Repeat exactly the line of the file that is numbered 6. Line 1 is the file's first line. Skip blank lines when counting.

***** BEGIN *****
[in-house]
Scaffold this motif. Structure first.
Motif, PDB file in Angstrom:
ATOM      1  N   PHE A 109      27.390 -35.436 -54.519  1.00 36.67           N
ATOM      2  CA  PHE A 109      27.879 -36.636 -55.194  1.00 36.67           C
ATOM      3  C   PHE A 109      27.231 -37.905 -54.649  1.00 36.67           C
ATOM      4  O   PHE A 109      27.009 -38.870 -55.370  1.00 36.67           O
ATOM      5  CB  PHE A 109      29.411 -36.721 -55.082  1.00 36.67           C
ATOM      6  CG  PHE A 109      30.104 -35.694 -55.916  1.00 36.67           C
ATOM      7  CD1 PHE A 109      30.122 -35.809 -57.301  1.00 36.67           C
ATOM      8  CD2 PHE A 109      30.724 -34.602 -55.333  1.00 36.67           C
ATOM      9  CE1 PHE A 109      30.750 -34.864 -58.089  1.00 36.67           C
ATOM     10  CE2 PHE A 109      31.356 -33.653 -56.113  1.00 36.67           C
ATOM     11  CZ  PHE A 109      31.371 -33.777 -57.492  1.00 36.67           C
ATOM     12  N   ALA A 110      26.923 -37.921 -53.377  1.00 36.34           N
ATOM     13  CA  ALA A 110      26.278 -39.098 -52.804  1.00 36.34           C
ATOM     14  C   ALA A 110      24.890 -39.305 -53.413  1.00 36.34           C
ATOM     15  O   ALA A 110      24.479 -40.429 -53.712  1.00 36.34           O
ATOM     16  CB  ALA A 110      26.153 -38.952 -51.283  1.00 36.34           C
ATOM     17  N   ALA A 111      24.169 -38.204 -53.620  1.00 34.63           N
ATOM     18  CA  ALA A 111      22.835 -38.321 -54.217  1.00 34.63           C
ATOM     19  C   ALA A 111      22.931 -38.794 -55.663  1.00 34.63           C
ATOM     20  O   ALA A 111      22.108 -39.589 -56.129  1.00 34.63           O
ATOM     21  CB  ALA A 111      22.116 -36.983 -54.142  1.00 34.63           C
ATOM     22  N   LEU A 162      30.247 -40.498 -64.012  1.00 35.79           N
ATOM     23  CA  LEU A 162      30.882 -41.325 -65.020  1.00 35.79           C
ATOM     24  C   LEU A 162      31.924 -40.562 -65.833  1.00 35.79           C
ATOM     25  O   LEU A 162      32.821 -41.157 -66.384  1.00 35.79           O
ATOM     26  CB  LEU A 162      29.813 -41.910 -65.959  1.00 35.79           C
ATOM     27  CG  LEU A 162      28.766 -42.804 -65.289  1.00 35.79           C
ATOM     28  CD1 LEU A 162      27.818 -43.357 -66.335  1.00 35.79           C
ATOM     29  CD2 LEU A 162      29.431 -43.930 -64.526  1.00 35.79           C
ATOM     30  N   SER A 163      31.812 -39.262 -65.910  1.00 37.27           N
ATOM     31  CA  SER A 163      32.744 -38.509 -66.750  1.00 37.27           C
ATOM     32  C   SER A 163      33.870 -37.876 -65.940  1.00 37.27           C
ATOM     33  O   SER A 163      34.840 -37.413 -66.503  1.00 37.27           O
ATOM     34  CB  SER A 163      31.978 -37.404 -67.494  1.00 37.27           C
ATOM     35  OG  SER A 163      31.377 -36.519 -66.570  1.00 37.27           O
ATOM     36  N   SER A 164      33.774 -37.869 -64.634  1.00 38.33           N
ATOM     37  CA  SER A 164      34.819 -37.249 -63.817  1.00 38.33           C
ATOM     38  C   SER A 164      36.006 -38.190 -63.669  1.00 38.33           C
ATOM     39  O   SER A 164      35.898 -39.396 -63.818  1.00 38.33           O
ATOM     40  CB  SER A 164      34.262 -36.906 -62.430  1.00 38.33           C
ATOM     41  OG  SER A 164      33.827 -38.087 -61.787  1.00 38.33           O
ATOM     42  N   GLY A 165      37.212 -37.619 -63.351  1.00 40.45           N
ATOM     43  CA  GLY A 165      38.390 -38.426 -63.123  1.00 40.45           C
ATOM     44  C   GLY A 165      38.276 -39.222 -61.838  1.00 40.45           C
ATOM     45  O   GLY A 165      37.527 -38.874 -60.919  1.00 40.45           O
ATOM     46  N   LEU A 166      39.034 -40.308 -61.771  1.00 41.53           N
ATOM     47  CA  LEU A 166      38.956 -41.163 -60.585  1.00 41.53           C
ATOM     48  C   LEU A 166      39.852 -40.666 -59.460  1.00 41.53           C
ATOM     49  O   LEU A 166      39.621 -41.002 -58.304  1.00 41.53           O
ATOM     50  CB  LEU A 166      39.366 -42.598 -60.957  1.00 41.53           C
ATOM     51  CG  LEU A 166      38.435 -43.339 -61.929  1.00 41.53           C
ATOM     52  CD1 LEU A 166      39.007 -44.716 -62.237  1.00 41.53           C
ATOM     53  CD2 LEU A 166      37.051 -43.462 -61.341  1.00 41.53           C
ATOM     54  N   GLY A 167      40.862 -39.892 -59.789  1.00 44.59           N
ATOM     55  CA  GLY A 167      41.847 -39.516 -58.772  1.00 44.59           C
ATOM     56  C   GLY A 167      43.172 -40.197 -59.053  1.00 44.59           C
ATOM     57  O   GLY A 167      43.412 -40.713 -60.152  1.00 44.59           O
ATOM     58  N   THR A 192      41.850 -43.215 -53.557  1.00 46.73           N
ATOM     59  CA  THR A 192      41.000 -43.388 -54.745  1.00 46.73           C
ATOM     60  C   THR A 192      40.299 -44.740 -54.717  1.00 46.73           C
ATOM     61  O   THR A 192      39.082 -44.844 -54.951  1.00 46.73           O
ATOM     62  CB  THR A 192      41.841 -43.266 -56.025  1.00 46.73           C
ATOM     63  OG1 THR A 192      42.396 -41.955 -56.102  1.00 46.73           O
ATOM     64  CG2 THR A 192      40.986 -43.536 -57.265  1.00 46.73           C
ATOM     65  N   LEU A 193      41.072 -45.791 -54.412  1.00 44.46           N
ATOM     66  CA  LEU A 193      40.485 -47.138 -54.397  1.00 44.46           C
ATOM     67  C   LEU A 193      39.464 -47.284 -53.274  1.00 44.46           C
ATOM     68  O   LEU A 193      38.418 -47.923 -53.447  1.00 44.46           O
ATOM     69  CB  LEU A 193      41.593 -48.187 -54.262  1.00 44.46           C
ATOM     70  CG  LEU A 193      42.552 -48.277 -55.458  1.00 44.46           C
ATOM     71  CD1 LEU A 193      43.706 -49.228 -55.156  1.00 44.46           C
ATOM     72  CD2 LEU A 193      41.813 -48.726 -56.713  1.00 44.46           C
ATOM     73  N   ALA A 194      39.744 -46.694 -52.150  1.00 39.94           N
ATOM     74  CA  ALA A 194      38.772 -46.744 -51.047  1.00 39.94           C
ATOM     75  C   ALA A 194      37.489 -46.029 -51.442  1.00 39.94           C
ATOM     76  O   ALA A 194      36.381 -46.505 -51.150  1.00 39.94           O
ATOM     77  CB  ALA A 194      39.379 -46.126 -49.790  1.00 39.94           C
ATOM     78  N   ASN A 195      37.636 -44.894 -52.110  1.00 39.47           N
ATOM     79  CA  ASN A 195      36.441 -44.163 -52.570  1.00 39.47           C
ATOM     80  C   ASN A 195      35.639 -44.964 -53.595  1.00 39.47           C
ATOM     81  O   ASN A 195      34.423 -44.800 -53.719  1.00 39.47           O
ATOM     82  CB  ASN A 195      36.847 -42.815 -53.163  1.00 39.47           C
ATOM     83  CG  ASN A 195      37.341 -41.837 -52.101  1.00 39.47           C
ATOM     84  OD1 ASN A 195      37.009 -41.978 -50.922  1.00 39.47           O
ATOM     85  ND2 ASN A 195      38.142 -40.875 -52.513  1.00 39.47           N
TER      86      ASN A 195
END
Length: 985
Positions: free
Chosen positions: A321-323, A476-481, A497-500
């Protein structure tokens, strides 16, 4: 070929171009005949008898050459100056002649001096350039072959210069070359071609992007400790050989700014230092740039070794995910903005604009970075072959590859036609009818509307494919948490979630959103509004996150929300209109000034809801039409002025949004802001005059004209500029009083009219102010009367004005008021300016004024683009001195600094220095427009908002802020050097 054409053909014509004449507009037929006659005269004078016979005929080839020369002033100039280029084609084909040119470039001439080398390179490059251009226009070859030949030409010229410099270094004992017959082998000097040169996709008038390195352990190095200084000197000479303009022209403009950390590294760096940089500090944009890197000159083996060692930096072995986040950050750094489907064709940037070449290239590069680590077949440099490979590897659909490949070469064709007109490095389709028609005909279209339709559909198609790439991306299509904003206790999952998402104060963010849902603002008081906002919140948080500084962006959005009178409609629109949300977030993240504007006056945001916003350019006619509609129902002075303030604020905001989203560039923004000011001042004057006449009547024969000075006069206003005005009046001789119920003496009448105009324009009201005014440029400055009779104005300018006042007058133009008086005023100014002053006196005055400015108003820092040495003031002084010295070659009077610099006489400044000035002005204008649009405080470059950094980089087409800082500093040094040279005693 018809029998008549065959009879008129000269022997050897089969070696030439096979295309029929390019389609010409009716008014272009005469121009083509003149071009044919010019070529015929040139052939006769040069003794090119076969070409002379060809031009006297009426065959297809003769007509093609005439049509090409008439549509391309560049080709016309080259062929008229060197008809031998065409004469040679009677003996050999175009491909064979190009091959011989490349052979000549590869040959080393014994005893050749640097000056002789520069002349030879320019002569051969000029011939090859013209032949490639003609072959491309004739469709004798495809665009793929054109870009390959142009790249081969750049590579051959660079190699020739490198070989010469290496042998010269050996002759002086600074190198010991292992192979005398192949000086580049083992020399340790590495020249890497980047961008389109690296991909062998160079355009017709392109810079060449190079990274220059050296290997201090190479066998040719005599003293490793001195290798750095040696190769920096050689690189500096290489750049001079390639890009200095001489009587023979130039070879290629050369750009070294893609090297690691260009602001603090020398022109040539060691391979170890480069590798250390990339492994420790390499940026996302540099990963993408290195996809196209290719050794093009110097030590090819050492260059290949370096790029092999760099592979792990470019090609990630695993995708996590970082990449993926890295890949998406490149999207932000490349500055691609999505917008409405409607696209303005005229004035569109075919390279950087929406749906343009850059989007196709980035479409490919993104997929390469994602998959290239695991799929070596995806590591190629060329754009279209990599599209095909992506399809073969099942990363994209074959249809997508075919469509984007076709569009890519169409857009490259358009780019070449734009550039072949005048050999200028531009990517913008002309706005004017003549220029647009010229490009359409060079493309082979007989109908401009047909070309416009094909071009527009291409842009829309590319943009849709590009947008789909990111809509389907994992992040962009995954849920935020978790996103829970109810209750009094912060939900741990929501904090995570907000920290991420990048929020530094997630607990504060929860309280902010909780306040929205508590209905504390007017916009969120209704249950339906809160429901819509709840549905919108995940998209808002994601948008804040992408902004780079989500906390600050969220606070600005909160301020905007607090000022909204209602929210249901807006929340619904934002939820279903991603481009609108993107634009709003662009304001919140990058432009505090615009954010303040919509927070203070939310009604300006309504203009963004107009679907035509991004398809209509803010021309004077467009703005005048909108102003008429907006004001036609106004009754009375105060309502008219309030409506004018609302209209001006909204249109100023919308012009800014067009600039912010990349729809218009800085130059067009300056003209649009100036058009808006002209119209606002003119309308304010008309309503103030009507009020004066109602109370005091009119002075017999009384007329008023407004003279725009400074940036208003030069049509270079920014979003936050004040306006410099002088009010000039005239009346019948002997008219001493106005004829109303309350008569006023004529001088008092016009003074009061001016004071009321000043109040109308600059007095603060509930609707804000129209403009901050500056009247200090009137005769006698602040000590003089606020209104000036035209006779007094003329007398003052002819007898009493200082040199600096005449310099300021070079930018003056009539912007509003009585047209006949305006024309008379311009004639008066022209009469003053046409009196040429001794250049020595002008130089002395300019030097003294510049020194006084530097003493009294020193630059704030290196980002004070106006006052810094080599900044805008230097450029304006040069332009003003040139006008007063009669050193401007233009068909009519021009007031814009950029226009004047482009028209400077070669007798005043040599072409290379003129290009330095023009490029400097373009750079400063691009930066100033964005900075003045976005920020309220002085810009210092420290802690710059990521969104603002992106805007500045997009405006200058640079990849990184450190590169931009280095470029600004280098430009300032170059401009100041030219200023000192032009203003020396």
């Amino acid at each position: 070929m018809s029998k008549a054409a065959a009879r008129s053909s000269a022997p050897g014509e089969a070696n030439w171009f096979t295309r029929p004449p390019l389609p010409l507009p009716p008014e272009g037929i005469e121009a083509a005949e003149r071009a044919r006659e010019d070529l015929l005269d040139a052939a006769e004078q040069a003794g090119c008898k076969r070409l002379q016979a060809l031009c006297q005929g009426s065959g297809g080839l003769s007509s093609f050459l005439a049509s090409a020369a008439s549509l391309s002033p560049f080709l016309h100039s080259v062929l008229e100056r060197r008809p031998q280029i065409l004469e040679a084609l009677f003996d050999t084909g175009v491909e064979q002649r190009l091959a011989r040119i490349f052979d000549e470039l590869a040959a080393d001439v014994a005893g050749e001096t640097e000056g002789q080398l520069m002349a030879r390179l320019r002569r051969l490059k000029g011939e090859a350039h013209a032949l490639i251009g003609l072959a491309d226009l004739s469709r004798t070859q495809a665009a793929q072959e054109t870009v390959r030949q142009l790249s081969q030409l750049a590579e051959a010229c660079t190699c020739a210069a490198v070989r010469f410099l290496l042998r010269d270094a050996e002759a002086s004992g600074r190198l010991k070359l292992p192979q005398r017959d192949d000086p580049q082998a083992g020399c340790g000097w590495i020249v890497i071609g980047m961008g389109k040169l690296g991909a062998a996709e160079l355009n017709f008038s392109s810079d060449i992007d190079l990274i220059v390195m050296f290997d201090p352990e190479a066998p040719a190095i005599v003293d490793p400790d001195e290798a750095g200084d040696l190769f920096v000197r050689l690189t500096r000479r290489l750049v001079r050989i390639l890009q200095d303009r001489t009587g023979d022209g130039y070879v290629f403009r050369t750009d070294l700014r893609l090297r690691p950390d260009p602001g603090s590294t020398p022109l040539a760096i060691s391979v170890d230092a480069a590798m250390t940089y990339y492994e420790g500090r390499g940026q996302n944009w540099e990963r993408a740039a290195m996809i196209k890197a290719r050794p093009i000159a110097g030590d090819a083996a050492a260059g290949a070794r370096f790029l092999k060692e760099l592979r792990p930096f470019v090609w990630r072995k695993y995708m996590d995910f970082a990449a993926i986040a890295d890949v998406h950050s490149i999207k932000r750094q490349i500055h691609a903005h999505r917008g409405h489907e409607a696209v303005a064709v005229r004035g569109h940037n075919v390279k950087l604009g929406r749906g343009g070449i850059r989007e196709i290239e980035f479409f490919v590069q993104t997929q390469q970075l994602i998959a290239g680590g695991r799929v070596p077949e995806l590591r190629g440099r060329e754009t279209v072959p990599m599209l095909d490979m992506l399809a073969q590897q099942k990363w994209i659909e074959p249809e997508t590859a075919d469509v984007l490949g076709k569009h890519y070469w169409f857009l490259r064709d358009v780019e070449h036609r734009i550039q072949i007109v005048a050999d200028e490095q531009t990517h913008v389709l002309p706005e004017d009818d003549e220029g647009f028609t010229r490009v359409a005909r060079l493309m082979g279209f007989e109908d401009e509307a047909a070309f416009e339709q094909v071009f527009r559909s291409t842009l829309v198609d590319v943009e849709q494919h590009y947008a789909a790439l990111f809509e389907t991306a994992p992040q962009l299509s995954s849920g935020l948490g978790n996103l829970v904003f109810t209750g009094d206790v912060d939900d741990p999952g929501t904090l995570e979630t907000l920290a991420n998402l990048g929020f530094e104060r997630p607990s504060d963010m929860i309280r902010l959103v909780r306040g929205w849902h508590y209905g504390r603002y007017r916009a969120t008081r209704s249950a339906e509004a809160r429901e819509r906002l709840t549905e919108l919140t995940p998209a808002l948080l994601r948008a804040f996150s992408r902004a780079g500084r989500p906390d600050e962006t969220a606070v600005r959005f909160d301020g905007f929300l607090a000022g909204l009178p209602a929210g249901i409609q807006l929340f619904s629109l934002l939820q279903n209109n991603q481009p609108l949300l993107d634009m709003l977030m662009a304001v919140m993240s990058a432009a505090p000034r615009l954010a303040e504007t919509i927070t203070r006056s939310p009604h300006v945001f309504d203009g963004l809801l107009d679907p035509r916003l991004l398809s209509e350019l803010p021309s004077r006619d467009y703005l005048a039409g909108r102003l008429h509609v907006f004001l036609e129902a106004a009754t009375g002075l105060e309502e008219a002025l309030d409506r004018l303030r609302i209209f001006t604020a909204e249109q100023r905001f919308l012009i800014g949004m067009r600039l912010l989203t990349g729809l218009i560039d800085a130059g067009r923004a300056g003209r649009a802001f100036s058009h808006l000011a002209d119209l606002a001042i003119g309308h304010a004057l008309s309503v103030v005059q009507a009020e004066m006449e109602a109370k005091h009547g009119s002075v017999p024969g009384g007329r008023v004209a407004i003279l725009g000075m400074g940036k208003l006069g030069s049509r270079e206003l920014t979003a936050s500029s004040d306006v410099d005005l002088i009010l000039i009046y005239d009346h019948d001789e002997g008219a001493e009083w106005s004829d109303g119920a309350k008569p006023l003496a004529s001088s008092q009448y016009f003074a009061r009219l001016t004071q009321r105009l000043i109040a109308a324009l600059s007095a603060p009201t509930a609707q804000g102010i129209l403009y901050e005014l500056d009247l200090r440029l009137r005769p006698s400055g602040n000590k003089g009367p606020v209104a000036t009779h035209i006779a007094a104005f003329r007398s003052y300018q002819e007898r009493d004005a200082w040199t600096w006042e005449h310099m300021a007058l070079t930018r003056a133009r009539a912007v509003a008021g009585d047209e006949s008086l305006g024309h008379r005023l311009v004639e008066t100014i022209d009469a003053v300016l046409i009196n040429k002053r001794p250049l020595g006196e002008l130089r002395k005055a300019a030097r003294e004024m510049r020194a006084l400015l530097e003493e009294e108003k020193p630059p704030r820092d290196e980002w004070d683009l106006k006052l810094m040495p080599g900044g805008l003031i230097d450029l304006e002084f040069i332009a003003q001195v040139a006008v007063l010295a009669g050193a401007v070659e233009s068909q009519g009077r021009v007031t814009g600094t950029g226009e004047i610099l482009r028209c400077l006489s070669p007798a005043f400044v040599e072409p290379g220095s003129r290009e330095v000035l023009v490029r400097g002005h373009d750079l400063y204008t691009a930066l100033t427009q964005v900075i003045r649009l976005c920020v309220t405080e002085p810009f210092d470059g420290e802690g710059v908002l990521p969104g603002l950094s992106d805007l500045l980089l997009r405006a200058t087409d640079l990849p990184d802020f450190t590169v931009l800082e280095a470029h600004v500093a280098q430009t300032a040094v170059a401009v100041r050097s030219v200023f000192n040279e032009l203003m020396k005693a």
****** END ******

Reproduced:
ATOM      3  C   PHE A 109      27.231 -37.905 -54.649  1.00 36.67           C